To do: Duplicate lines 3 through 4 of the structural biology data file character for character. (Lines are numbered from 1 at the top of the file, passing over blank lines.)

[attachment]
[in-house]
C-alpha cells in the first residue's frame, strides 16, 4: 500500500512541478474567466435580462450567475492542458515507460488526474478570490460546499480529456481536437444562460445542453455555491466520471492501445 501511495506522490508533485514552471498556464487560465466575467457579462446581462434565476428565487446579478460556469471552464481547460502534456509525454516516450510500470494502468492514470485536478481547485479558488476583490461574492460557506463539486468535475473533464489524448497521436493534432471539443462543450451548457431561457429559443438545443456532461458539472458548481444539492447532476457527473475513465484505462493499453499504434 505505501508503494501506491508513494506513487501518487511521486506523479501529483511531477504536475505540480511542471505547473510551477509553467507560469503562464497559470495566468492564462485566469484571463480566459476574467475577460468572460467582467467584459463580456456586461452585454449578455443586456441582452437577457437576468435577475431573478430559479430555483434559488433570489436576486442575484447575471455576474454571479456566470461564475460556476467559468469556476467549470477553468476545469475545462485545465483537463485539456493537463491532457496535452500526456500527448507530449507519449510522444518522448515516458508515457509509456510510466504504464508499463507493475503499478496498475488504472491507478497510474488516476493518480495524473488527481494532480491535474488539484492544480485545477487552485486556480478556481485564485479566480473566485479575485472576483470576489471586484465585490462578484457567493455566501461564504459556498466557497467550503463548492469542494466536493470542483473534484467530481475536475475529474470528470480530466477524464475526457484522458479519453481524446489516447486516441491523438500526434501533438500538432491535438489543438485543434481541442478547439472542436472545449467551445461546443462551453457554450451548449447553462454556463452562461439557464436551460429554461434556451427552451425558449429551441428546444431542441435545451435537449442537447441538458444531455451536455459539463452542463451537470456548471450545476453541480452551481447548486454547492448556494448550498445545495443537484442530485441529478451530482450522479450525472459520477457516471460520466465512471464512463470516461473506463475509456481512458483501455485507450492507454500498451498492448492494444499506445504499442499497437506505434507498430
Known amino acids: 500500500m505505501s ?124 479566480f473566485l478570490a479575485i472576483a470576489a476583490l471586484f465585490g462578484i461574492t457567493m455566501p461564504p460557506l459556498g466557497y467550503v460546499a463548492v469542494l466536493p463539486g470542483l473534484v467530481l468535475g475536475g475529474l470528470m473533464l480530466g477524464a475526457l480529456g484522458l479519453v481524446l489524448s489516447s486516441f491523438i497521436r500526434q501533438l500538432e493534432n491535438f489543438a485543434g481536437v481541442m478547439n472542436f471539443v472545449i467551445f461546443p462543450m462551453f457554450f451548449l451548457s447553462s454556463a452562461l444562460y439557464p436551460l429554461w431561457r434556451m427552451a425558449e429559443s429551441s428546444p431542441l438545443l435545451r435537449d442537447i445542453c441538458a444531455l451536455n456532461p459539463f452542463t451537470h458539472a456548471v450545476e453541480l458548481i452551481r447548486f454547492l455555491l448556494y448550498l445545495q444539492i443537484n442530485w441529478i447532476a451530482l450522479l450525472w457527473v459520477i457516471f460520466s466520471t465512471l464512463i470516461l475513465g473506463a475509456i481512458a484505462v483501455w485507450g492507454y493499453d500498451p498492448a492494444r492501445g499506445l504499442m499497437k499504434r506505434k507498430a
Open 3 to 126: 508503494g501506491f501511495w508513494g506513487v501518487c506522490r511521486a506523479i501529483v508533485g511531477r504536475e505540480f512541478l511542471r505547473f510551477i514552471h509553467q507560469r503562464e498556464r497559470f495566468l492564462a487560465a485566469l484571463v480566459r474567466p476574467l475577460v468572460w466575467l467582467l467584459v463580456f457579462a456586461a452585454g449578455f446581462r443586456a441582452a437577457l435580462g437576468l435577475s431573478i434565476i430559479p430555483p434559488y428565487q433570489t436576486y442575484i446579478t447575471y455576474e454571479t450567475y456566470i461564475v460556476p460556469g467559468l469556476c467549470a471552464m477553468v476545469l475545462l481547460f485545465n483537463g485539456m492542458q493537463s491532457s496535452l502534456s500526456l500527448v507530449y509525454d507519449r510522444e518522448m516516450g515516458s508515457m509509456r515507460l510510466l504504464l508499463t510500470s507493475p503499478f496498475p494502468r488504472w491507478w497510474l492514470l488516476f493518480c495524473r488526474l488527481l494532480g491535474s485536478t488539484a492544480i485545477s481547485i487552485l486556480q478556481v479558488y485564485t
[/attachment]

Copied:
Known amino acids: 500500500m505505501s ?124 479566480f473566485l478570490a479575485i472576483a470576489a476583490l471586484f465585490g462578484i461574492t457567493m455566501p461564504p460557506l459556498g466557497y467550503v460546499a463548492v469542494l466536493p463539486g470542483l473534484v467530481l468535475g475536475g475529474l470528470m473533464l480530466g477524464a475526457l480529456g484522458l479519453v481524446l489524448s489516447s486516441f491523438i497521436r500526434q501533438l500538432e493534432n491535438f489543438a485543434g481536437v481541442m478547439n472542436f471539443v472545449i467551445f461546443p462543450m462551453f457554450f451548449l451548457s447553462s454556463a452562461l444562460y439557464p436551460l429554461w431561457r434556451m427552451a425558449e429559443s429551441s428546444p431542441l438545443l435545451r435537449d442537447i445542453c441538458a444531455l451536455n456532461p459539463f452542463t451537470h458539472a456548471v450545476e453541480l458548481i452551481r447548486f454547492l455555491l448556494y448550498l445545495q444539492i443537484n442530485w441529478i447532476a451530482l450522479l450525472w457527473v459520477i457516471f460520466s466520471t465512471l464512463i470516461l475513465g473506463a475509456i481512458a484505462v483501455w485507450g492507454y493499453d500498451p498492448a492494444r492501445g499506445l504499442m499497437k499504434r506505434k507498430a
Open 3 to 126: 508503494g501506491f501511495w508513494g506513487v501518487c506522490r511521486a506523479i501529483v508533485g511531477r504536475e505540480f512541478l511542471r505547473f510551477i514552471h509553467q507560469r503562464e498556464r497559470f495566468l492564462a487560465a485566469l484571463v480566459r474567466p476574467l475577460v468572460w466575467l467582467l467584459v463580456f457579462a456586461a452585454g449578455f446581462r443586456a441582452a437577457l435580462g437576468l435577475s431573478i434565476i430559479p430555483p434559488y428565487q433570489t436576486y442575484i446579478t447575471y455576474e454571479t450567475y456566470i461564475v460556476p460556469g467559468l469556476c467549470a471552464m477553468v476545469l475545462l481547460f485545465n483537463g485539456m492542458q493537463s491532457s496535452l502534456s500526456l500527448v507530449y509525454d507519449r510522444e518522448m516516450g515516458s508515457m509509456r515507460l510510466l504504464l508499463t510500470s507493475p503499478f496498475p494502468r488504472w491507478w497510474l492514470l488516476f493518480c495524473r488526474l488527481l494532480g491535474s485536478t488539484a492544480i485545477s481547485i487552485l486556480q478556481v479558488y485564485t